South Peace News
Fighting rural crime is not just about enforcement, but also about community members coming together to help prevent crime.
That was the main message at the Rural Crime Prevention Conference at the Sawridge Inn in Peace River on Jan. 25.
The conference featured presentations by local police officers, Corinna Williams of the Northern Sunrise Rural Crime Watch Association, and the founder of the Lightcatch phone app which allows people to anonymously self-report suspicious activity.
The conference also included a security trade show to give people new technological options to keep their properties safe.
The free conference was sponsored thanks to Kelly Whalen of GO Auto, and Gord Drummond of Tim Hortons.
Statistics in 2019 showed that crime rates are higher in rural areas than urban areas in western provinces like Alberta. The perception among rural communities is that crime is a big problem.
“I think people are concerned,” says Town of Peace River Councillor Orren Ford.
Ford points to recent announcements by provincial Justice Minister Doug Schweitzer as evidence the province is working on the problem.
“It’s about being proactive instead of reactive, so a conference like this is perfect,” Ford says.
Ford says part of preventing crime is being smart about using social media.
“When you’re on holidays, why would you take a picture and put in on social media, and say, ‘I’m in the Bahamas, my house is empty?’” he says.
Ford adds neighbours need to look out for each other more.
“We’re a little different than we were 25 years ago. A lot of us don’t even know who are neighbours are,” Ford says.
As an example, Ford says his own neighbour came to his home recently and asked him to watch their property while they were away.
“That’s what we need to happen,” Ford says.
Ford says he’s amazed at how many people came out to the conference.
“We were able to engage close to 90 people, so getting that information out there about crime prevention is huge,” Ford says.
“We’re really happy that we have an active and engaged community like the one we do here in Peace River with everybody coming together,” agrees Sgt. Dave Browne of the Peace Regional RCMP Detachment. “It’s so refreshing to see such a healthy contingent come out to an event like this.”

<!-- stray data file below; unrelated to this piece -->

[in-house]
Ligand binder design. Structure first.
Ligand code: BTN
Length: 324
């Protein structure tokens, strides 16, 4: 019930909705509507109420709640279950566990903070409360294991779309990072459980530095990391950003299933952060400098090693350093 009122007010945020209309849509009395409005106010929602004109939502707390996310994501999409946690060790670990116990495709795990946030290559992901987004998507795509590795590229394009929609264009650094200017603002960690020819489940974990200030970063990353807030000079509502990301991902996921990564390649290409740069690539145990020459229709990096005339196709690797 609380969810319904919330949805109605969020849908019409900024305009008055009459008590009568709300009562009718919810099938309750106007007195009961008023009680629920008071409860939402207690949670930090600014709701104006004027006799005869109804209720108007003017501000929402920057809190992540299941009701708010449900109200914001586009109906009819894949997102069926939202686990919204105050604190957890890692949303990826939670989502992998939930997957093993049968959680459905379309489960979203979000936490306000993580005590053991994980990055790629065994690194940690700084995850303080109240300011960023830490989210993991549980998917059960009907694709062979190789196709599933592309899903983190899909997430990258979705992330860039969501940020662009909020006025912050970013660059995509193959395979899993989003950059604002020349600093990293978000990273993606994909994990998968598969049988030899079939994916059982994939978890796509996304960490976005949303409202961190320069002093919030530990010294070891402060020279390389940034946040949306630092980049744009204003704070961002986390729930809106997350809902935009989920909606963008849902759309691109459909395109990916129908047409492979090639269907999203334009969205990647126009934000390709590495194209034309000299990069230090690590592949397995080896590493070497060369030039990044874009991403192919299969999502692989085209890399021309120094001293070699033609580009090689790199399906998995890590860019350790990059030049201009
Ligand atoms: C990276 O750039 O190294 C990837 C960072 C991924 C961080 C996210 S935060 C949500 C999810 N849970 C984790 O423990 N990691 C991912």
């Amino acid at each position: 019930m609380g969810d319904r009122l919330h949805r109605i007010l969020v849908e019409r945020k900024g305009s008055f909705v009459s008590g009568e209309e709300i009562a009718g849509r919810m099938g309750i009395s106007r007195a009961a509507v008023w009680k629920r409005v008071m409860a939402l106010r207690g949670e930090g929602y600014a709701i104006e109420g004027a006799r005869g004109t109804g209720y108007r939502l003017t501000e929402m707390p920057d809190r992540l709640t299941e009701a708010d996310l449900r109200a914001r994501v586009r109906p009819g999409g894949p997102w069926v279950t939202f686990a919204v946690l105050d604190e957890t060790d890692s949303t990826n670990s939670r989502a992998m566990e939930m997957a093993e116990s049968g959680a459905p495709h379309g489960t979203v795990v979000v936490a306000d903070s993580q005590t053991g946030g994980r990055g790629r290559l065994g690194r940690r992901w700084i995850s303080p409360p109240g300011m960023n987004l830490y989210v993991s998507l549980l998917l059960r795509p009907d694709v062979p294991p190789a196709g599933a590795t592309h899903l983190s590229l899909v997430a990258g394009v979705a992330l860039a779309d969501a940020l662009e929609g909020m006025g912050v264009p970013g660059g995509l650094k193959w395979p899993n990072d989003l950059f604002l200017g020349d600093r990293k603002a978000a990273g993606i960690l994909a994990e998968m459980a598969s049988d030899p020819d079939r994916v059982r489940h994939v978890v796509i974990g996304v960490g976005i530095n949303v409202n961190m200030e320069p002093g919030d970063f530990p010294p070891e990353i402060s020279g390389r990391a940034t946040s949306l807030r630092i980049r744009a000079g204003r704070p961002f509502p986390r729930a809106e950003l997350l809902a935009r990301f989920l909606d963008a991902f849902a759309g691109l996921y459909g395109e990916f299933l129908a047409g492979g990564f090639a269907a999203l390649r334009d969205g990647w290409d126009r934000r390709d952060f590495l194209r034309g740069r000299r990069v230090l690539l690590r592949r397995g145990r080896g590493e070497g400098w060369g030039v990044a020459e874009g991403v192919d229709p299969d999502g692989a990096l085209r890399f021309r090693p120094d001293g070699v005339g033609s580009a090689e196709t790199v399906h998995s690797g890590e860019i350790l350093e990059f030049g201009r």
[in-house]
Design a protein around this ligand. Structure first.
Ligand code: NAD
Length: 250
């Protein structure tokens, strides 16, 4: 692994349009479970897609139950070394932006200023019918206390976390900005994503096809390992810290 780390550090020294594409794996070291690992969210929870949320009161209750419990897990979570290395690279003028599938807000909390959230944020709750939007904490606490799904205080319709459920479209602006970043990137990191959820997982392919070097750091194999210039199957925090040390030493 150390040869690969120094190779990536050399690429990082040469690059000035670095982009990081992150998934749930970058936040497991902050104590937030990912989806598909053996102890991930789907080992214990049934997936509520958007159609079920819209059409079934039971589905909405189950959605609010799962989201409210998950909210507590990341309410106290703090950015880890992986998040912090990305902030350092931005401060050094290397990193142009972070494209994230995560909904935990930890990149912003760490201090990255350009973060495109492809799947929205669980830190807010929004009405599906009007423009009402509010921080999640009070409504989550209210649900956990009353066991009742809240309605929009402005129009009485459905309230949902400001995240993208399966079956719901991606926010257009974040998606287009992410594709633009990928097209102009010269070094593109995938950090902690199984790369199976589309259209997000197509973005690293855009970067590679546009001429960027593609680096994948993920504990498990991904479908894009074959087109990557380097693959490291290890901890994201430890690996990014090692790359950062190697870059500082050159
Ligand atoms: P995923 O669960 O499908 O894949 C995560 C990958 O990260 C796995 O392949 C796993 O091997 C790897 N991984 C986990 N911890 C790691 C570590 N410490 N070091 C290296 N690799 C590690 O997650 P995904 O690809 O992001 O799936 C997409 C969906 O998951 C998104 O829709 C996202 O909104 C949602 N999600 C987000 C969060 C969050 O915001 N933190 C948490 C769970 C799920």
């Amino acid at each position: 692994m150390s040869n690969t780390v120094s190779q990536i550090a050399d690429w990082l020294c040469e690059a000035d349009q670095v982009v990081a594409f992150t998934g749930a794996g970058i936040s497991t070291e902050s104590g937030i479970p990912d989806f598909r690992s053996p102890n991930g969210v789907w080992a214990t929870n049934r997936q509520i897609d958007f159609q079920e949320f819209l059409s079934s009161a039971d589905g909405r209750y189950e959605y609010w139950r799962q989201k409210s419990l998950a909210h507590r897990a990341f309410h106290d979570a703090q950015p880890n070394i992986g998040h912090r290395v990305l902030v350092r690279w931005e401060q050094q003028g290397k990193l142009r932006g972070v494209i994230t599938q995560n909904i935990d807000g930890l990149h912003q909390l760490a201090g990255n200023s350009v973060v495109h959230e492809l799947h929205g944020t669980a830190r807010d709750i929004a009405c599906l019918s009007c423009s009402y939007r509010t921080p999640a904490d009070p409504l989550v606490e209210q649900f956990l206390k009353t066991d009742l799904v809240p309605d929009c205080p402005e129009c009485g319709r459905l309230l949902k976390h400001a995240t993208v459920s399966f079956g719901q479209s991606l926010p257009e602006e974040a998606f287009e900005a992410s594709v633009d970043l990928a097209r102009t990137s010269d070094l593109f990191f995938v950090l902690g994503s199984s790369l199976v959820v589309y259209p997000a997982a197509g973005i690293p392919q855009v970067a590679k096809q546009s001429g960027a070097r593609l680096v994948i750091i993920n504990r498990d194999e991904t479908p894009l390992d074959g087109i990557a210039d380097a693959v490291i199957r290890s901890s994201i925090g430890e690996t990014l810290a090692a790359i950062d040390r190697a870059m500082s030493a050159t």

Browne says the conference has been over a decade in the making thanks to cooperation between the Town of Peace River, Northern Sunrise County, and other surrounding communities.
“I’ve been stationed at Peace River detachment for 14 years and for 12 years I’ve been involved in the rural crime watch here,” he says.
“This has been something that everyone takes seriously in order to address this issue, so this isn’t a knee-jerk reaction to something that’s just happened or an increase in crime. This has been ongoing for 12 years now.”
A multi-pronged approach is being taken to fight crime.
“First is prevention, and the second is enforcement,” says Browne.
He adds the local community advisory group, which includes representation from the police, fire department, youth, seniors, and the jail, regularly discusses what problems are affecting the community and then members help brainstorm solutions.
“One of the things that came up was thefts from vehicles in and around our community,” Browne says.
Volunteers helped the police with a “Lock It or Lose It” campaign over the summer, checking vehicles in parking lots in the community to see if they were secure or not, and reminding people to remove their valuables and lock their cars.
“If they were doing a great job we also tried to reward them for that behaviour,” he says.
Another way local police are working to prevent crimes like theft is the business check program. Uniformed officers go out to businesses in and around the area to make sure the businesses are locked up and secure, and leave a business check card so business owners know the police were there.
“Interestingly there were a number of times that we’ve come across businesses that are unsecured or there are vehicles that are unsecured outside, and we make every effort to get in touch with the owner and try and address that issue if they’re willing to come down and secure their properties,” Browne says.
“The first question, of course, when a crime is committed is, where were the police, what are the police doing about it? So what we want to showcase is that we are actually out there and we are making these efforts, and then the hope is that we can connect with these business owners and make sure they are doing everything possible to secure their property and mitigate their opportunities for them to be victims of crime.”
However, Browne says one of the best things people can do is call the police if they notice anything suspicious.
“That was the biggest part of the picture that we were missing originally, was people didn’t think it was worth calling police over a possible break-in to their shed, or somebody broke into their shed but nothing was taken. So when the third shed gets broken into, and we get one report of that from one person who reports it, we don’t realize that we’re dealing with a bigger picture,” he says.
“That’s been a big part of our strategy, is that you can call us and let us know even if nothing was taken. We still want to know that because it gives us a picture of the crime that allows us to dedicate our resources to problem areas.”
Browne says police have been handing out magnets with the non-emergency detachment phone number on them to help people remember what number to call. Community members can also report crimes to Crimestoppers.
The RCMP encourages people to become part of their local Rural Crime Watch program, Citizens on Patrol, or other local crime watch programs such as the Northern Sunrise Rural Crime Watch Association.
To report a crime or emergency in progress, call 911.